This post is part of a series that takes a closer look at the scholarship behind IU Press Journals. Primarily written by journal editors and contributors, posts may respond to articles, provide background, document the development process, or explain why scholars are excited about the journal, theme, or article.
James Brunton’s article, “Whose (Meta)modernism?: Metamodernism, Race, and the Politics of Failure,” from the Journal of Modern Literature’s newest issue, is now available on JSTOR & Project MUSE. Below, James elaborates on poetry as an antidote to the noise of self-righteous social media posts and crisis-fueled cable news.
I encountered the work of Harryette Mullen at a time when I had begun to grow cynical about the place of contemporary American poetry. It seemed that almost every new book or journal issue I picked up represented one of two extremes: the first, a plainspoken narrative aimed at the revelation of a universal truth through observation of, say, nature or some quotidian scene in a restaurant or on a city bus; the second, an academic-inflected descendant of Language poetry, with all the difficulty but none of the bite. This is an exaggeration, of course, but in light of the political landscape (the increased media visibility of police shootings of black citizens, the rise of the Black Lives Matter movement, Donald Trump’s move from reality TV star to serious contender for the Republican presidential nominee), I felt that the poetry I was reading (and even the poetry I was writing) was talking past issues of urgency. Then I read Mullen’s Sleeping with the Dictionary.
Sleeping with the Dictionary (2002) is similar stylistically to Mullen’s earlier Trimmings (1991), which mimics the formal experimentations of Gertrude Stein. But here, Mullen makes explicit the connection between our everyday lexicon and racism, showing, through her word play, how the language we inherit shapes our collective unconscious in ways that must be openly dealt with, even (and perhaps especially) in spaces that self-identify as politically progressive. The attitude of these poems reminded me of the work of Evie Shockley, another experimental poet whose work addresses US racism from a historical perspective. Like Mullen’s work, Shockley’s the new black (2011) and a half-red sea (2006) draw on the modernist tradition—most notably, of Langston Hughes—to contrast the beauty of poetry with the abject horror of racism.
Both Mullen’s and Shockley’s work fits the broad definition of “metamodern” given by Urmila Seshagiri and David James: contemporary literature that uses the formal techniques of modernism to critique the present. But much of the art and literature that has been labeled by scholars as “metamodern” is marked by a belief in historical progress, which Mullen and Shockley do not share. Their poems take precisely the opposite view, dwelling in moments of failure, whether at the interpersonal or the political level. My JML article unpacks how the techniques and perspectives of these two poets, who draw on the avant-garde strain within modernism, differ from other artists to whom the metamodernist label has been given and claims a place for Mullen and Shockley in metamodernist studies.
Mullen’s and Shockley’s poetry demonstrates that failure is our present reality, that the myth of historical progress is not worth salvaging, and that sharp-witted, adrenaline-fueled adaptation to ever changing circumstances—not congratulatory optimism—is necessary for our survival. Their poetry feels like a response and an antidote to, rather than a retreat from, the noise of self-righteous social media posts and crisis-fueled cable news. It is, I think, exactly the kind of engaged, self-critical aesthetic perspective that can help guide and sustain a political movement.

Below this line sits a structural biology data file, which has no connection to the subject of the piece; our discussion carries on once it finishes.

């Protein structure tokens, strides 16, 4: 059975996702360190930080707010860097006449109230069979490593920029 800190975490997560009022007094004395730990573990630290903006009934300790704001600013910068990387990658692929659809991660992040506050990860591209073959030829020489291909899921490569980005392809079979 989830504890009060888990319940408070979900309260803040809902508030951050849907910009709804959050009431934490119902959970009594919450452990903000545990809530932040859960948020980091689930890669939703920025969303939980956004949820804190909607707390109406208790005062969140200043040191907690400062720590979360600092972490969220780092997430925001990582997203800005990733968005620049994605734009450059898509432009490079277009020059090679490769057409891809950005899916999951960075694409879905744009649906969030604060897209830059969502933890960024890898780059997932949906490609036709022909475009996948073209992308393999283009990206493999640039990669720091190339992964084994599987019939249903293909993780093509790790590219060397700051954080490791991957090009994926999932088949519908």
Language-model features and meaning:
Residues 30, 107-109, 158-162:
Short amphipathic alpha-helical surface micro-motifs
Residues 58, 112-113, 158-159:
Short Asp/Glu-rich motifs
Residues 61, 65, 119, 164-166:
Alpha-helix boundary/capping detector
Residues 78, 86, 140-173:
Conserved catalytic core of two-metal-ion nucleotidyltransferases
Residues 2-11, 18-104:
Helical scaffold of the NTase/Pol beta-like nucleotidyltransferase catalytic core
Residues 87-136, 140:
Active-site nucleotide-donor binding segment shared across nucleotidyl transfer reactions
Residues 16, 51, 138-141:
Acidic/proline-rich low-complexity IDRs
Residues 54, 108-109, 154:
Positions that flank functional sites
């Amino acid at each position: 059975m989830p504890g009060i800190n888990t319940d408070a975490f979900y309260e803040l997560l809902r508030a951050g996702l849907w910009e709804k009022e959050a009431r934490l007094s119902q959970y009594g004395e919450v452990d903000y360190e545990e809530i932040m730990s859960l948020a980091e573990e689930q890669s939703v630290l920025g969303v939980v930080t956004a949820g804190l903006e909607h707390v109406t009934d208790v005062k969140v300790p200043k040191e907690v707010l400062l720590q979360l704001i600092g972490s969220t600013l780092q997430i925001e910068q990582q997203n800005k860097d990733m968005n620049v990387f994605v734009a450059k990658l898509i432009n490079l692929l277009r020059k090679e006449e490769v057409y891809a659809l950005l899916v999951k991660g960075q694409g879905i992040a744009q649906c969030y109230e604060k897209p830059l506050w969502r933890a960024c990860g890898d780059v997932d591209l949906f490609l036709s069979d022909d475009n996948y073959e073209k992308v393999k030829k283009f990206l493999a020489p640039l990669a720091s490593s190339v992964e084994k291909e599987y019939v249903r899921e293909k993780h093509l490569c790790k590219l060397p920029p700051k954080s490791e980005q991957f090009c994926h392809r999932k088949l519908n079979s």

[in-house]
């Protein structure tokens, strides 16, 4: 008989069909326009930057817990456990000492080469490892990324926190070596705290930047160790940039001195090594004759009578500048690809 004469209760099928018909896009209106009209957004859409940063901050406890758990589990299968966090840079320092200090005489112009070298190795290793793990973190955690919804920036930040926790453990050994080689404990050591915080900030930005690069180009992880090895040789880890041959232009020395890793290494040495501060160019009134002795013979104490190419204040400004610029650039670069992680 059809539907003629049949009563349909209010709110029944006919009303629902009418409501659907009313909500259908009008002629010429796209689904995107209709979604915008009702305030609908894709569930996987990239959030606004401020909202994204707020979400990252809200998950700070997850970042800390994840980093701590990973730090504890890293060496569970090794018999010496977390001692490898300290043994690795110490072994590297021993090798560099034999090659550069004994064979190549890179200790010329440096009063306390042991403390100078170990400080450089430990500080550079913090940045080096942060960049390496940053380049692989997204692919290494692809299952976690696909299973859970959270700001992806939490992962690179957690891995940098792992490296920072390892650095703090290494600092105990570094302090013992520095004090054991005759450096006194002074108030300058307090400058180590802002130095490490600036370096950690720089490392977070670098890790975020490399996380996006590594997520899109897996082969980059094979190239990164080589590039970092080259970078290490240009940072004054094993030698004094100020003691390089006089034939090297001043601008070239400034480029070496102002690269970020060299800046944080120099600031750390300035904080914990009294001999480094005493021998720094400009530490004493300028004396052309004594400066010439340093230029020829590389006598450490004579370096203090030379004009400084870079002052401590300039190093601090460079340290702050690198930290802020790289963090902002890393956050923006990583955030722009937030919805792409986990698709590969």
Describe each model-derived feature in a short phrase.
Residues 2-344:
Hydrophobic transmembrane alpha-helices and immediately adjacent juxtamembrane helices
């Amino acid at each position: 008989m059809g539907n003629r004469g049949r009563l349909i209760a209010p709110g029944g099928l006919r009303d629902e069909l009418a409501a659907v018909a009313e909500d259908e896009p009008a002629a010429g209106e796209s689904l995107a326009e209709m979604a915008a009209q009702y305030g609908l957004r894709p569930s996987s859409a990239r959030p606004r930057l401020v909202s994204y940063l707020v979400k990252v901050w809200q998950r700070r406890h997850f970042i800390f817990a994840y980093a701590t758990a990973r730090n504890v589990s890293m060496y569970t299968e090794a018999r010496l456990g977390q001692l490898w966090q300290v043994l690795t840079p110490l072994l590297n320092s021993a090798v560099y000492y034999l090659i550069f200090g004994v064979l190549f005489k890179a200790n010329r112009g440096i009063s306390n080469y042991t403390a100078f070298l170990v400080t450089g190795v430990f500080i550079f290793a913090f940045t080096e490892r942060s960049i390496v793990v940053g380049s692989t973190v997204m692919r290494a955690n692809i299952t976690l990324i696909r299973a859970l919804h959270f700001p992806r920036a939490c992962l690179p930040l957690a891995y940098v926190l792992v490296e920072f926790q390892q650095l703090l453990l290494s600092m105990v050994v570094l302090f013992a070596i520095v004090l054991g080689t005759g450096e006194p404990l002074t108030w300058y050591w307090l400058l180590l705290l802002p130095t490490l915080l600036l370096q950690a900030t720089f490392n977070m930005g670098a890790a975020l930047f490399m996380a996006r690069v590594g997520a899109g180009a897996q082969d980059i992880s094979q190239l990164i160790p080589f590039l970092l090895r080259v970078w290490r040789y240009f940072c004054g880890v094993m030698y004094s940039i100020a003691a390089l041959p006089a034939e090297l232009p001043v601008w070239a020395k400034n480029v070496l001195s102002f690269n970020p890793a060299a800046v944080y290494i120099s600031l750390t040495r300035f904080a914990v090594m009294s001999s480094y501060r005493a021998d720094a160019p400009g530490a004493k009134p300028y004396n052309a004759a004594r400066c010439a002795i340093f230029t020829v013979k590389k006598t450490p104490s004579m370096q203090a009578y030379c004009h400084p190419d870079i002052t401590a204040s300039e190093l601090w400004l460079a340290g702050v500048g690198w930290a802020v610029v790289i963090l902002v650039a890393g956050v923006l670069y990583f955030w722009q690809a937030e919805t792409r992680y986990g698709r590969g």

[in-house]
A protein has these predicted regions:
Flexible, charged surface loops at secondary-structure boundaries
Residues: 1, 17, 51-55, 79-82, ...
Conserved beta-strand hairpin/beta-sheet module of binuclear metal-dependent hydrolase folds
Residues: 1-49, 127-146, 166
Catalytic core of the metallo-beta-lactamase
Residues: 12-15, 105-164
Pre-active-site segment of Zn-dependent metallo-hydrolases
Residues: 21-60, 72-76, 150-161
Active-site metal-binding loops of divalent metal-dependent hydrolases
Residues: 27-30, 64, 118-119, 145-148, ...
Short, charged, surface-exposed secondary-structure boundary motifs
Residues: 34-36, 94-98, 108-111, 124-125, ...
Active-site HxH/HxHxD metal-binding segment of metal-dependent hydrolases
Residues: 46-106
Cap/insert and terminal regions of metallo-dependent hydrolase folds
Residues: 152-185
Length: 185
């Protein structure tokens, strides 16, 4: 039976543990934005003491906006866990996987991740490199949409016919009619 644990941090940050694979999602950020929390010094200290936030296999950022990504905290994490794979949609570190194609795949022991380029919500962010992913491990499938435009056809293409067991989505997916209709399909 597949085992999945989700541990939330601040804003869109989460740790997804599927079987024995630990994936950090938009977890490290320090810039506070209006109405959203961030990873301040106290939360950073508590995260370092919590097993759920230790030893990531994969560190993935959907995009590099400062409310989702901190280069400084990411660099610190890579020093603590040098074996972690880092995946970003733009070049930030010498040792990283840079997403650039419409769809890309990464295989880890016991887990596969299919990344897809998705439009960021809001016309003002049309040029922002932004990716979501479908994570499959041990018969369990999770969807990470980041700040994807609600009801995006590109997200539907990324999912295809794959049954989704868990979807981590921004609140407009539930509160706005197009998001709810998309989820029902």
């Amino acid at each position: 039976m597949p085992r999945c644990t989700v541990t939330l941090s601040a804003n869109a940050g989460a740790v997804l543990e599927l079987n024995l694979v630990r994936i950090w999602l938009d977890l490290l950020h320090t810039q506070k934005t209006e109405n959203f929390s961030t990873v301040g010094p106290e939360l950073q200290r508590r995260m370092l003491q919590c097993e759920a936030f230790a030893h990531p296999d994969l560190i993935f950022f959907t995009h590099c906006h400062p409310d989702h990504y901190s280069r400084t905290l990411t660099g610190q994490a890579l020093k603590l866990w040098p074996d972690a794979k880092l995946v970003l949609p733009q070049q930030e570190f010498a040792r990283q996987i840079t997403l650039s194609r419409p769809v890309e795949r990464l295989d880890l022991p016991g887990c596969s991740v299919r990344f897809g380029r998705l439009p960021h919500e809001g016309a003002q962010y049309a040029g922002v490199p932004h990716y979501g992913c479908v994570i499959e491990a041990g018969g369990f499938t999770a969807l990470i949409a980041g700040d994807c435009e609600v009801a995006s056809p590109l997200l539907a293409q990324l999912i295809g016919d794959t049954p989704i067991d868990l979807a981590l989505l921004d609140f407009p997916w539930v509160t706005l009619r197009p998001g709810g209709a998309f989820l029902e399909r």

Ultimately, what I find most gratifying about these poems is their refusal to let us off the hook as readers. We don’t get to breathe a sigh of relief after reading the last line, resting assured in our own moral positions newly put to us through the beauty of poetry. What Shockley and Mullen offer is not revelation—they are not in the business of digging up the “hidden” evils of institutionalized racism, sexism, or homophobia. Rather, through recourse to avant-garde modernist techniques, they state the obvious yet unspoken failures of American democracy, pointing out how we are all complicit in systems of oppression through our very language, and leaving us to sit uncomfortably with that disavowed truth.
James Brunton teaches critical theory in the Department of English at the University of Nebraska-Lincoln.
More from the Journal of Modern Literature 41.3
Marianne Moore's Cabinets of Curiosity
Lola Ridge, American Modernism's Forgotten Radical
Anything That Burns You: A Portrait of Lola Ridge, Radical Poet by Terese Svoboda
Review by: Joshua Logan Wall
“The Secrets of Blood and Seed”: Primo Levi's Poetic Emergence
Barbara L. Estrin
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Whose (Meta)modernism?: Metamodernism, Race, and the Politics of Failure
The Selected Letters of Robert Creeley by Robert Creeley, Rod Smith, Peter Baker, Kaplan Harris
Review by: Rachel Blau DuPlessis
Trailing through the Thicket
Intricate Thicket: Reading Late Modernist Poetries by Mark Scroggins
Review by: Zhaohui Liu
The First Book: Twentieth-Century Poetic Careers in America by Jesse Zuba
Review by: Mike Chasar
A Book of Readings on Anne Carson
Anne Carson: Ecstatic Lyre by Joshua Marie Wilkinson
Review by: Calista McRae
“The Eliot we have is the Eliot we make”: A Review of The New Cambridge Companion to T.S. Eliot
The New Cambridge Companion to T.S. Eliot by Jason Harding
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A Myriad of Critical Lenses on The Waste Land
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